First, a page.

The Parish Church of St. Gallus and Ulrich was built in 1734-1738 by Johann Georg Fischer through the conversion of a Gothic church predecessor. It was extensively renovated between 1974 and 1980. The church contains a Madonna of 1623 (attributed to Hans Zürn the Elder), a baroque pulpit of divination Johann Wilhelm (1745) and numerous tombs of the 16th and 17th century. The church also has a valuable treasure of silver (1741-1755) from the workshop of the Augsburg silversmith Franz Christoph Mäderl.
The church also contains a purported relic of Saint Clemens that is in fact an example of a so-called catacomb saint, a corpse that has been taken from the Roman Catacombs, decorated, given a fictitious name, and presented as the relic of a Roman Catholic saint.References:
The Petersberg Citadel is one of the largest extant early-modern citadels in Europe and covers the whole north-western part of the Erfurt city centre. It was built after 1665 on Petersberg hill and was in military use until 1963. It dates from a time when Erfurt was ruled by the Electors of Mainz and is a unique example of the European style of fortress construction. Beneath the citadel is an underground maze of passageways that can be visited on guided tours organised by Erfurt Tourist Office.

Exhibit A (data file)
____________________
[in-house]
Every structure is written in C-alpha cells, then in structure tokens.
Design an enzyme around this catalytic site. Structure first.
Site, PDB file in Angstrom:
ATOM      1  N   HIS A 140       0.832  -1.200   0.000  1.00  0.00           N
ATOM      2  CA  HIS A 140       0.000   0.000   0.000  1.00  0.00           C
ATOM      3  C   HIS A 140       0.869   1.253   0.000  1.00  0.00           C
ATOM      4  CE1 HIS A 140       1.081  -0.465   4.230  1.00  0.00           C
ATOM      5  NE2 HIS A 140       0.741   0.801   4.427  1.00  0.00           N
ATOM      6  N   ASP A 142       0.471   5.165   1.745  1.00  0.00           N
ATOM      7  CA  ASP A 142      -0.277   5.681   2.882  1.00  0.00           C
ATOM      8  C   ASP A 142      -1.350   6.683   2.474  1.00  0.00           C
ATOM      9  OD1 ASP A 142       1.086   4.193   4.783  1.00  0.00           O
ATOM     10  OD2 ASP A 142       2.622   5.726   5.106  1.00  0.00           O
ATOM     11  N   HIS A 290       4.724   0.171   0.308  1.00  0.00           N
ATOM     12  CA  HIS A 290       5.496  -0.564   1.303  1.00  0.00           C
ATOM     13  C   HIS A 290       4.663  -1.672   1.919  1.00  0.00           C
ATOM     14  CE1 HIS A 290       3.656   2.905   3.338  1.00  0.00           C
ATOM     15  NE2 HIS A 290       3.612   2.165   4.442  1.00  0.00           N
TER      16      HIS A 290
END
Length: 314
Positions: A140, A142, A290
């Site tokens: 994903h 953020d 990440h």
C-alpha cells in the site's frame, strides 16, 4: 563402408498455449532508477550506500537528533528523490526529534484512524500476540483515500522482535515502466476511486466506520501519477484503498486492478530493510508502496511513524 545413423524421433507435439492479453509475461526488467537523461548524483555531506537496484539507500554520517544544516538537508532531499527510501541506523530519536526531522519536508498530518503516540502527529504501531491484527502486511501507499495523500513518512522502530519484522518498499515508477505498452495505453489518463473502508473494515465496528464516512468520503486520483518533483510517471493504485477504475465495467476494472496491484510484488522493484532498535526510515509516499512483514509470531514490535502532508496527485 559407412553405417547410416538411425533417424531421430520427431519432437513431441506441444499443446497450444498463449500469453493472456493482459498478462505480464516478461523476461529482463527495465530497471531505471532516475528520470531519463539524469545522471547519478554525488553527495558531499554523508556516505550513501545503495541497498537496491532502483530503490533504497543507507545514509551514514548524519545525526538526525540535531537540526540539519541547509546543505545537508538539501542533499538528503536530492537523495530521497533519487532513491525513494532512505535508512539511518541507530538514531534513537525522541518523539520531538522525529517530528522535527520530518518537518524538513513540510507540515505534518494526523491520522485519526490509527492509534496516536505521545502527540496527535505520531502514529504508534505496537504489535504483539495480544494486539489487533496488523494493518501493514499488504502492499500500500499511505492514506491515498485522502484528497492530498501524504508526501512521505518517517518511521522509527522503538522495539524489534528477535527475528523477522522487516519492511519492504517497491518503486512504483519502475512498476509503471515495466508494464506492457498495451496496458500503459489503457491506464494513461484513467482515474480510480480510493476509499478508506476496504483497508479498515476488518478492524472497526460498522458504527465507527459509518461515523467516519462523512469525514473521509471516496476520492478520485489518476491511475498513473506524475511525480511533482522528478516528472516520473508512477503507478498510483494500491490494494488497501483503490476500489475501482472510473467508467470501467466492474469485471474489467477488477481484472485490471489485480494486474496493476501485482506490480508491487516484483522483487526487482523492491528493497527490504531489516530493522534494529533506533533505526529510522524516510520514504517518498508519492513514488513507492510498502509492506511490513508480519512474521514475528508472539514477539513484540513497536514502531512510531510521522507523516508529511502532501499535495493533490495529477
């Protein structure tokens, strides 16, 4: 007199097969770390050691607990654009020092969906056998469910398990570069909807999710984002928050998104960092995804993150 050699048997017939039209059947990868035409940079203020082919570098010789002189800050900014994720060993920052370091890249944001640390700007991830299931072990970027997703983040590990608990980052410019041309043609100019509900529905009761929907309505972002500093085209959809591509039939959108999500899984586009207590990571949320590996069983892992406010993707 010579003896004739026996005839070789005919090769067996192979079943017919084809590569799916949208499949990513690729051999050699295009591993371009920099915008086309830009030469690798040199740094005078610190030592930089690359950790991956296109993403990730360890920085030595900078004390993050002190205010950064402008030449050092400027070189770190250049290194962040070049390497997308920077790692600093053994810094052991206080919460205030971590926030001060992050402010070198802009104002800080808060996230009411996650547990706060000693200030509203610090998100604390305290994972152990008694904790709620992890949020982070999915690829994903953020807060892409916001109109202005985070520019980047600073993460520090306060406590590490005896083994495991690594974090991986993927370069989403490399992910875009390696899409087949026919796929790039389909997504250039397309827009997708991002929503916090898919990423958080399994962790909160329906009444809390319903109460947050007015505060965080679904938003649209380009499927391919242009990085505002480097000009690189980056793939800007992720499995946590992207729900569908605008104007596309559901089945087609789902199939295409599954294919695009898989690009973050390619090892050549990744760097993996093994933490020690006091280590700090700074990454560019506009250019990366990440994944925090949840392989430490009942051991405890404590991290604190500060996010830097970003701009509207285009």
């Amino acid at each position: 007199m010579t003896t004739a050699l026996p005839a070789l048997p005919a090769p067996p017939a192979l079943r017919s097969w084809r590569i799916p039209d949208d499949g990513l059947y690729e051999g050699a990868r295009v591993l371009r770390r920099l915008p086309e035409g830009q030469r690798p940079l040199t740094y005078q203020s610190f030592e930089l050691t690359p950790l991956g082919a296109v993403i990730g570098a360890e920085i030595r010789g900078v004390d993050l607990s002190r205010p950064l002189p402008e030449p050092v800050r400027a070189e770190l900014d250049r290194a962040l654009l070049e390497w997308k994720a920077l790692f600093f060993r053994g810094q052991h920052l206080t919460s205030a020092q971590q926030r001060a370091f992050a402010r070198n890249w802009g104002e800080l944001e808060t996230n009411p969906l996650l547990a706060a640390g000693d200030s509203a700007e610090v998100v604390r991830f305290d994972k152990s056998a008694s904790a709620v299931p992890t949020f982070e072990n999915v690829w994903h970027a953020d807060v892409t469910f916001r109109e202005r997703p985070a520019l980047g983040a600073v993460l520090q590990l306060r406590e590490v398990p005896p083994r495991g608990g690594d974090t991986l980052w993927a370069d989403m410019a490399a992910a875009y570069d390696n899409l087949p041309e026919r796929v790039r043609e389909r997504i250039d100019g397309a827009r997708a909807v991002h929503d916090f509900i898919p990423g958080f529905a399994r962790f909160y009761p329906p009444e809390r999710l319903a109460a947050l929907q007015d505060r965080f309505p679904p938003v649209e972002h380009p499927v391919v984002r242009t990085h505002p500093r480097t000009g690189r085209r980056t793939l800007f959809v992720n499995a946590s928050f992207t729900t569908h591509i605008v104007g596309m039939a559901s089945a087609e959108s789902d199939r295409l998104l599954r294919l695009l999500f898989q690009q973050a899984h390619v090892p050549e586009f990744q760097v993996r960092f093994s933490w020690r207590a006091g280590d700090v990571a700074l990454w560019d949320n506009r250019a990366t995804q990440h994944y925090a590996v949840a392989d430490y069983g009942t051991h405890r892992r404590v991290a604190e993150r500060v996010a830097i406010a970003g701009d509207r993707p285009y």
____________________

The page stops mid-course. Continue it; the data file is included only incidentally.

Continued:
The citadel was originally built on the site of a medieval Benedictine Monastery and the earliest parts of the complex date from the 12th century. Erfurt has also been ruled by Sweden, Prussia, Napoleon, the German Empire, the Nazis, and post-World War II Soviet occupying forces, and it was part of the German Democratic Republic (East Germany). All of these regimes used Petersberg Citadel and had an influence on its development. The baroque fortress was in military use until 1963. Since German reunification in 1990, the citadel has undergone significant restoration and it is now open to the public as a historic site.